Safety Spotlight - Open/Shut Idea
By Mike Mooney, Valley Oil Company LLC
January/ February 2001
A potential problem: manually operated internal valves
of most concern are those with a spring-loaded handle
that manually controls the internal valve and in some
cases doubles as the emergency shutoff. You must pull
this handle out to open the internal valve and allow
fuel to flow from the tank. Push this handle in and
a spring should automatically close the internal valve
and stop the flow of fuel. That is why some of them
are labeled "Emergency Shutoff" and painted
A little thing ...
While visiting an airport in Florida, the line technician pulled up in the avgas truck, shut off the engine, set the brake, jumped out, and went into the office. Walking around the truck, I noticed the manual internal valve (marked emergency shutoff) pulled out. Refuelers like this were built with a 3-1/2 inch wide vent that opens when the internal is open (see illustration). It rises about one inch, allowing air to flow out of or into the tank.
A big problem ...
This vent has no rain or dust hood to protect it from the elements. In a place like Florida, where 3 inches of rain can fall in minutes, the tank top drains can easily back up and water will pool on the top of the truck's tank, much like a backed up sink. The open vent then acts like a drain, allowing water to flow directly into the tank and contaminating the fuel. This can result in water being pumped into aircraft. Dirt and other debris can also enter the tank through the open vent.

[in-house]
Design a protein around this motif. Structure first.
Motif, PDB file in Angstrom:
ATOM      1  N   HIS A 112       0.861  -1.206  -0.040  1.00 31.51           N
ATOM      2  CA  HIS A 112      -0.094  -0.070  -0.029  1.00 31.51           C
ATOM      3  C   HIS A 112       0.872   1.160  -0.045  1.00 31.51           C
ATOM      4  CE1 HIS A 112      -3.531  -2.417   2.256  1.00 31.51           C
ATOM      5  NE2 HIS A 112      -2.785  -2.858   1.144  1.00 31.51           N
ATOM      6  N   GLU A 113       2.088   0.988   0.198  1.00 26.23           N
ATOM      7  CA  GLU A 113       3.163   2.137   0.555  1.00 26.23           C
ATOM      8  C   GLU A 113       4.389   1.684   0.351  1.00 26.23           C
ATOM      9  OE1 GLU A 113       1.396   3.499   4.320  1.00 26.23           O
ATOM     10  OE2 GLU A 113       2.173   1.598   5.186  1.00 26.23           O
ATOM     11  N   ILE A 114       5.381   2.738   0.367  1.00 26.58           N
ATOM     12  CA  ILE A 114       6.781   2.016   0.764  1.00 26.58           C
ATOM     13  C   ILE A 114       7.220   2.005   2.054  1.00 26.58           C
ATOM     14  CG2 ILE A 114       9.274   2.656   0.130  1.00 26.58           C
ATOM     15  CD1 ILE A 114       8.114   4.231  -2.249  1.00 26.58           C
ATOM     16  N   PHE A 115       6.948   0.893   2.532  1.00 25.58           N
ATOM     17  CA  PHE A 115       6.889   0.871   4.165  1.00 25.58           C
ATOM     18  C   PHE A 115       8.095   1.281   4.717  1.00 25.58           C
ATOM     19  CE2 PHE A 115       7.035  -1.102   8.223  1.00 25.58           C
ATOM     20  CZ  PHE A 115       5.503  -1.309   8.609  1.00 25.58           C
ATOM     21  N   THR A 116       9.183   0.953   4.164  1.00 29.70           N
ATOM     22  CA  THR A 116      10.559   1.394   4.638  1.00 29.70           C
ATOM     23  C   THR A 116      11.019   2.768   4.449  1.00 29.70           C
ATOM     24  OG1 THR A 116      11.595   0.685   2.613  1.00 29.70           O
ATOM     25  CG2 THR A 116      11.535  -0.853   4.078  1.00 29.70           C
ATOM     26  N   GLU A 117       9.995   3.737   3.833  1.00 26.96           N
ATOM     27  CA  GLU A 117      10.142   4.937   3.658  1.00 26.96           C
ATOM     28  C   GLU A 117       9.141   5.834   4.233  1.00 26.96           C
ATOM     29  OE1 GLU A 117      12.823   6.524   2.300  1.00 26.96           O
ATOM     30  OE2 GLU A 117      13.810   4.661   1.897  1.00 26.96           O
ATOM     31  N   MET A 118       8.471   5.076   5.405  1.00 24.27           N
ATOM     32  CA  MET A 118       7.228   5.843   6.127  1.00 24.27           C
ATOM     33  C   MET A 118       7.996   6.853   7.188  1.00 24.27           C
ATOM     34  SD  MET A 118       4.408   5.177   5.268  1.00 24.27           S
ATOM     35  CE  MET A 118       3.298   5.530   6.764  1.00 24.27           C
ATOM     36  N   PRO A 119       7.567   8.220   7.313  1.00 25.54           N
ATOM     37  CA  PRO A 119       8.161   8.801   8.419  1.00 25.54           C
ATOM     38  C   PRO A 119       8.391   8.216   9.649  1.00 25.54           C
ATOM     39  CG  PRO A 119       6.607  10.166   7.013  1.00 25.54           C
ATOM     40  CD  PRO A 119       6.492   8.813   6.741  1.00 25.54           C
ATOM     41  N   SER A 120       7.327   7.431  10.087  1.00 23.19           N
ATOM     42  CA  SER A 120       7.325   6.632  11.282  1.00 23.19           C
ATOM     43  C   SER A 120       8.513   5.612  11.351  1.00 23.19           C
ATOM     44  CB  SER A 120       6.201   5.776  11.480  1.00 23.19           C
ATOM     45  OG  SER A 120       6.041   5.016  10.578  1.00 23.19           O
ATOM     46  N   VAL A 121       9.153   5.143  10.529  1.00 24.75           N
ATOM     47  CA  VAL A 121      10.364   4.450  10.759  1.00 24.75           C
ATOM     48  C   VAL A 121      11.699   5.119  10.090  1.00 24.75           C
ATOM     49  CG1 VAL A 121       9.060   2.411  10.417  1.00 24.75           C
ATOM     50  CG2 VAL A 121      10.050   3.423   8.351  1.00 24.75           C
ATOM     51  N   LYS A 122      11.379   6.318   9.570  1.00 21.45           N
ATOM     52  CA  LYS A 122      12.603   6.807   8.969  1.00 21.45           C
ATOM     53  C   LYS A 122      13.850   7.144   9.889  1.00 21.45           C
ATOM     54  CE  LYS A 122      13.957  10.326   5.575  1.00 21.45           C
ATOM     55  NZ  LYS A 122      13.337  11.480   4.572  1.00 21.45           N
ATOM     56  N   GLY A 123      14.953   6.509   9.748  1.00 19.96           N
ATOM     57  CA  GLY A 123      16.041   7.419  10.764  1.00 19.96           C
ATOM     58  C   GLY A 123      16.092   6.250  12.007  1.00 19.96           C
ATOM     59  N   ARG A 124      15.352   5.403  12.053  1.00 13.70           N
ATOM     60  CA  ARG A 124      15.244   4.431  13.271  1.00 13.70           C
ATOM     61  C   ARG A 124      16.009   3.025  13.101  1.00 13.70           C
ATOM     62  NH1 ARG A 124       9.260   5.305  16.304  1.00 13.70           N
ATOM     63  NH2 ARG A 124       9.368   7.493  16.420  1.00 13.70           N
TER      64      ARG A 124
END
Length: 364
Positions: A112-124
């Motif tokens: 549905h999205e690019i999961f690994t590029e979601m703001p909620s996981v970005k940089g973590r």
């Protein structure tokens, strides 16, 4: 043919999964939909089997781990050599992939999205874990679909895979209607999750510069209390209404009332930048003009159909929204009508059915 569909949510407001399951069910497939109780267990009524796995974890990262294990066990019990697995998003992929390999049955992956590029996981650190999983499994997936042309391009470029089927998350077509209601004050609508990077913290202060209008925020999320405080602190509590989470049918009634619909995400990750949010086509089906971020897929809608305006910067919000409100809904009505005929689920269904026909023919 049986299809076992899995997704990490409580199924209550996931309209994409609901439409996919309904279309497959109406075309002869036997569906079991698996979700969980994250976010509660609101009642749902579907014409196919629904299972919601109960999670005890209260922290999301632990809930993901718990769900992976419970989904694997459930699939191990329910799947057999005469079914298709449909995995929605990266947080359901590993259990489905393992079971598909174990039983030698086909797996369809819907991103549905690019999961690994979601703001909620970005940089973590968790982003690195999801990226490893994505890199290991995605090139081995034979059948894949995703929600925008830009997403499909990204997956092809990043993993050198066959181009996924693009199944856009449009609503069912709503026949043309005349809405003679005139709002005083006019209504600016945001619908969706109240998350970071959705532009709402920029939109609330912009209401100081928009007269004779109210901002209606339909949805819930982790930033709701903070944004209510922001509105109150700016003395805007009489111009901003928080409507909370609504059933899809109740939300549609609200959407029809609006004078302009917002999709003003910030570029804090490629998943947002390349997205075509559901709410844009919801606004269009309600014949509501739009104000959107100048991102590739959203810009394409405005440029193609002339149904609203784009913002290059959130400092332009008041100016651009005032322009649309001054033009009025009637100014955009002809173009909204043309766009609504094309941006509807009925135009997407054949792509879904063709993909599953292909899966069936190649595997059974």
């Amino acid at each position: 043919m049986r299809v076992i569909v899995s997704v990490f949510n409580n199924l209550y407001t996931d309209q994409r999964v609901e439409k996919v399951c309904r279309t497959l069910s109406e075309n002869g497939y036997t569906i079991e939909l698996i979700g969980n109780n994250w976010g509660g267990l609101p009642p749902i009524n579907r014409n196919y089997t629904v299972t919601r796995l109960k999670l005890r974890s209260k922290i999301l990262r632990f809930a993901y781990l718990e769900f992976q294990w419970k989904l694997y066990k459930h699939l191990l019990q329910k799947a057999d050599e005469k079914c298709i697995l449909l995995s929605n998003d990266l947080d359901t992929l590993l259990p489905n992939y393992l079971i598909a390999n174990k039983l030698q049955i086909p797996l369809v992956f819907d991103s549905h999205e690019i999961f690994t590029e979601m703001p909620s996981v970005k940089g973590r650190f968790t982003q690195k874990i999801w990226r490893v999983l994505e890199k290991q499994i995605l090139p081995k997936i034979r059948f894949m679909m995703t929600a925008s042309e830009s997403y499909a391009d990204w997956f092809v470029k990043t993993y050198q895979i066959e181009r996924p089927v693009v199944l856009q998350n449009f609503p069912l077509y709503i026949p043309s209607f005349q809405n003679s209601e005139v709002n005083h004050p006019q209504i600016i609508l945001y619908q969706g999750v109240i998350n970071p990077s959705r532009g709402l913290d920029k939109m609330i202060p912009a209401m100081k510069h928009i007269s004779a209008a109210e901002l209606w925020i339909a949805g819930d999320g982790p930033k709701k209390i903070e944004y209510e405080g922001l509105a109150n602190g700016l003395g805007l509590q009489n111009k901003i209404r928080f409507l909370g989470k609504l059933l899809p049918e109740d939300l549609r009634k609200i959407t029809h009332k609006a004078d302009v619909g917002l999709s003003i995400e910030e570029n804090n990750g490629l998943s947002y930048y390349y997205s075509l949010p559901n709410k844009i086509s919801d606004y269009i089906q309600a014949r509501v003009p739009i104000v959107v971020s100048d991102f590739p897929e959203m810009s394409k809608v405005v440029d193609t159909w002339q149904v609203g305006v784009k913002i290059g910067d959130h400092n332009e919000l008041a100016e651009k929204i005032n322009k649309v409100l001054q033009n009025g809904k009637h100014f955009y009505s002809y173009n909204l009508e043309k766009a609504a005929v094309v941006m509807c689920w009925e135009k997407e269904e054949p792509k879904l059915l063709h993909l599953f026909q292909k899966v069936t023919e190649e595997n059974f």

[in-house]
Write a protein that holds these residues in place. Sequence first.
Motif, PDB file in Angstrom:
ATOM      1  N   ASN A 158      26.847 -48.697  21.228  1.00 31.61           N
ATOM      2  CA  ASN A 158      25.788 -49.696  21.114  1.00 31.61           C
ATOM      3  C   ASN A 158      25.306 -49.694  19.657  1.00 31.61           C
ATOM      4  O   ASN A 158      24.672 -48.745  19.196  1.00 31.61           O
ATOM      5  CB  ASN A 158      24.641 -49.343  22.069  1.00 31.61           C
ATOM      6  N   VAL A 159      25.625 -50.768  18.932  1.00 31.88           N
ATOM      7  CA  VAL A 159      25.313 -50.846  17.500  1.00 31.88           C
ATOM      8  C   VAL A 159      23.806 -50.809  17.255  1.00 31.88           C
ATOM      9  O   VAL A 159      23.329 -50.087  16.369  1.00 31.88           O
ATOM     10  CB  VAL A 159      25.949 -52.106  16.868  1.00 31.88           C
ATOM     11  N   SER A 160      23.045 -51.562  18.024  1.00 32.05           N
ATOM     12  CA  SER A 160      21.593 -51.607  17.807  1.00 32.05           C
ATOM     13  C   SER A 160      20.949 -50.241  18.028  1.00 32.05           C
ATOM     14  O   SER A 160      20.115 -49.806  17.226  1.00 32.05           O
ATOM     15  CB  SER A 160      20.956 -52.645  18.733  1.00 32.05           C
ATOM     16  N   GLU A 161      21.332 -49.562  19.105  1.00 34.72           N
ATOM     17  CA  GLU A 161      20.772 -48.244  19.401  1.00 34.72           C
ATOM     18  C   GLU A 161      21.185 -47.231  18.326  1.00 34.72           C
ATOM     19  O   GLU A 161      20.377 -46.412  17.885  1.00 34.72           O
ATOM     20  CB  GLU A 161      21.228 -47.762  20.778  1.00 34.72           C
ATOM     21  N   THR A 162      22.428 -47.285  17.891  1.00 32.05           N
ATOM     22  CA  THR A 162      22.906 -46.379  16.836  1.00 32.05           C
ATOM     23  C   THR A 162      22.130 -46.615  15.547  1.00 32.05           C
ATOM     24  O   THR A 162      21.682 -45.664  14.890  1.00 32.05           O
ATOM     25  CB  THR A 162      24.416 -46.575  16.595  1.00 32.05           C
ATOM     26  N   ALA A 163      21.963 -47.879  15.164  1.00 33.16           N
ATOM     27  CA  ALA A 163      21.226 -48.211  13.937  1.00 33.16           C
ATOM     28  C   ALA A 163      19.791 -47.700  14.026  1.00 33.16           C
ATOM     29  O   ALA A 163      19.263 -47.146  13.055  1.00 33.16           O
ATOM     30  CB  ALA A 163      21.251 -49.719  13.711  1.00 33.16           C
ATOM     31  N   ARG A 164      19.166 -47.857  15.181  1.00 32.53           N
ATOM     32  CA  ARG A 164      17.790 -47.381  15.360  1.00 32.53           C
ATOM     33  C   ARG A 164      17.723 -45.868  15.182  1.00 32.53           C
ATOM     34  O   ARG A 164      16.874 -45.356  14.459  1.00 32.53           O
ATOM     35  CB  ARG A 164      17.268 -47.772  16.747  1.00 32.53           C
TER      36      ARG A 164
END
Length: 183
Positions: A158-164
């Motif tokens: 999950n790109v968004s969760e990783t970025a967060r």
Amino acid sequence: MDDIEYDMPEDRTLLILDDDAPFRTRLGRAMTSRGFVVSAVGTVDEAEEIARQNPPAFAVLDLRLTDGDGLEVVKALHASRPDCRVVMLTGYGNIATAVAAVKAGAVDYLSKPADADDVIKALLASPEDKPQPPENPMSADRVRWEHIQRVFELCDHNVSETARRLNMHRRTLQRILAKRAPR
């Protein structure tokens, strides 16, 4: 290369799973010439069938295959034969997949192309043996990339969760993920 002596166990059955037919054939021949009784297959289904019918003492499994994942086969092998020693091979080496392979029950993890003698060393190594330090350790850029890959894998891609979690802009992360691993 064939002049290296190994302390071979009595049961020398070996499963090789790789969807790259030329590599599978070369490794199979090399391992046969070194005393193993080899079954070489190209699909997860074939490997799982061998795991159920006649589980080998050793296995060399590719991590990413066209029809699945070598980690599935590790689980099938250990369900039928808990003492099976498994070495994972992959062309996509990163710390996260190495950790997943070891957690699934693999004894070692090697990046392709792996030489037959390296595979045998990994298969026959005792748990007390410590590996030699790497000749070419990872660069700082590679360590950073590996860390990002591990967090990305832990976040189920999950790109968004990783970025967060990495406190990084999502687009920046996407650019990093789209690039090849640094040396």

Even if a refueler truck's tank vent is air operated and/or protected with a hood, it's unsafe to leave the internals open all the time. Remember this valve controls the valve at the bottom of the tank. When opened, it floods the plumbing with fuel where it is drawn into the pump, then pushed through the filter, meter, hose, and nozzle. Leave this valve open and you remove/override an important safety feature. For instance, if while driving the truck you run over a wheel chock, curbing, or other high spot and rupture the plumbing, without the valve in the closed position the entire contents of the tank will spill on the ground. Many avgas trucks are also fitted with vapor recovery systems. When the vent is left open and the trucks are full, fuel can splash into the vapor line as the truck is driven.
Thankfully a majority of truck designs include an interlock that sets the brake when the internal valve is opened, so the valve must be closed before the truck can be moved.
Mooney is the vice president of Sales and Technical
Services for Valley Oil Company, LLC and is a regular
speaker at NATA's Line Service Supervisor Training Seminars.